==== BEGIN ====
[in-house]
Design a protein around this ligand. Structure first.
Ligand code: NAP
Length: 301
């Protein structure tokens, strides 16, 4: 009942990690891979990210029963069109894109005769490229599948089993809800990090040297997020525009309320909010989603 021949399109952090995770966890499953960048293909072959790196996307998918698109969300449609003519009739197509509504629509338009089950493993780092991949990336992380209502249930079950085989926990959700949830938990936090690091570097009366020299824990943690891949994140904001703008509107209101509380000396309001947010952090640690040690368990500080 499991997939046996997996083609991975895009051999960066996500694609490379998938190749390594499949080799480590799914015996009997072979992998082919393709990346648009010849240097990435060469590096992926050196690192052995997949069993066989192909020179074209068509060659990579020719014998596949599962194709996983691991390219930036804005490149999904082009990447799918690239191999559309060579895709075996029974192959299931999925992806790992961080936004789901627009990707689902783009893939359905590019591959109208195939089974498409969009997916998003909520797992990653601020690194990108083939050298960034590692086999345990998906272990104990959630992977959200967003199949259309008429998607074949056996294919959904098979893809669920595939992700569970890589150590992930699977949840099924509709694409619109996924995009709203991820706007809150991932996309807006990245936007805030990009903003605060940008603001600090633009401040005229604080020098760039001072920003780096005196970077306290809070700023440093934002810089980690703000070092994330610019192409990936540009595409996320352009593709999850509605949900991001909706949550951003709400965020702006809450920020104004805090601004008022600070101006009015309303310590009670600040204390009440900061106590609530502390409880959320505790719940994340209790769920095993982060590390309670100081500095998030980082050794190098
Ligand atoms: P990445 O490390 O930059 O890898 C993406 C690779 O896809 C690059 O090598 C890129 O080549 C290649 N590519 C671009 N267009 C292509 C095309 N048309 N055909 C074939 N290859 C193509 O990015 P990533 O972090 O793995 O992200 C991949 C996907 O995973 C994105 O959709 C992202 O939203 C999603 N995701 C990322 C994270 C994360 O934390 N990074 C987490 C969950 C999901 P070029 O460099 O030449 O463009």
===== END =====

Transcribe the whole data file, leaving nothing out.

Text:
[in-house]
Design a protein around this ligand. Structure first.
Ligand code: NAP
Length: 301
């Protein structure tokens, strides 16, 4: 009942990690891979990210029963069109894109005769490229599948089993809800990090040297997020525009309320909010989603 021949399109952090995770966890499953960048293909072959790196996307998918698109969300449609003519009739197509509504629509338009089950493993780092991949990336992380209502249930079950085989926990959700949830938990936090690091570097009366020299824990943690891949994140904001703008509107209101509380000396309001947010952090640690040690368990500080 499991997939046996997996083609991975895009051999960066996500694609490379998938190749390594499949080799480590799914015996009997072979992998082919393709990346648009010849240097990435060469590096992926050196690192052995997949069993066989192909020179074209068509060659990579020719014998596949599962194709996983691991390219930036804005490149999904082009990447799918690239191999559309060579895709075996029974192959299931999925992806790992961080936004789901627009990707689902783009893939359905590019591959109208195939089974498409969009997916998003909520797992990653601020690194990108083939050298960034590692086999345990998906272990104990959630992977959200967003199949259309008429998607074949056996294919959904098979893809669920595939992700569970890589150590992930699977949840099924509709694409619109996924995009709203991820706007809150991932996309807006990245936007805030990009903003605060940008603001600090633009401040005229604080020098760039001072920003780096005196970077306290809070700023440093934002810089980690703000070092994330610019192409990936540009595409996320352009593709999850509605949900991001909706949550951003709400965020702006809450920020104004805090601004008022600070101006009015309303310590009670600040204390009440900061106590609530502390409880959320505790719940994340209790769920095993982060590390309670100081500095998030980082050794190098
Ligand atoms: P990445 O490390 O930059 O890898 C993406 C690779 O896809 C690059 O090598 C890129 O080549 C290649 N590519 C671009 N267009 C292509 C095309 N048309 N055909 C074939 N290859 C193509 O990015 P990533 O972090 O793995 O992200 C991949 C996907 O995973 C994105 O959709 C992202 O939203 C999603 N995701 C990322 C994270 C994360 O934390 N990074 C987490 C969950 C999901 P070029 O460099 O030449 O463009």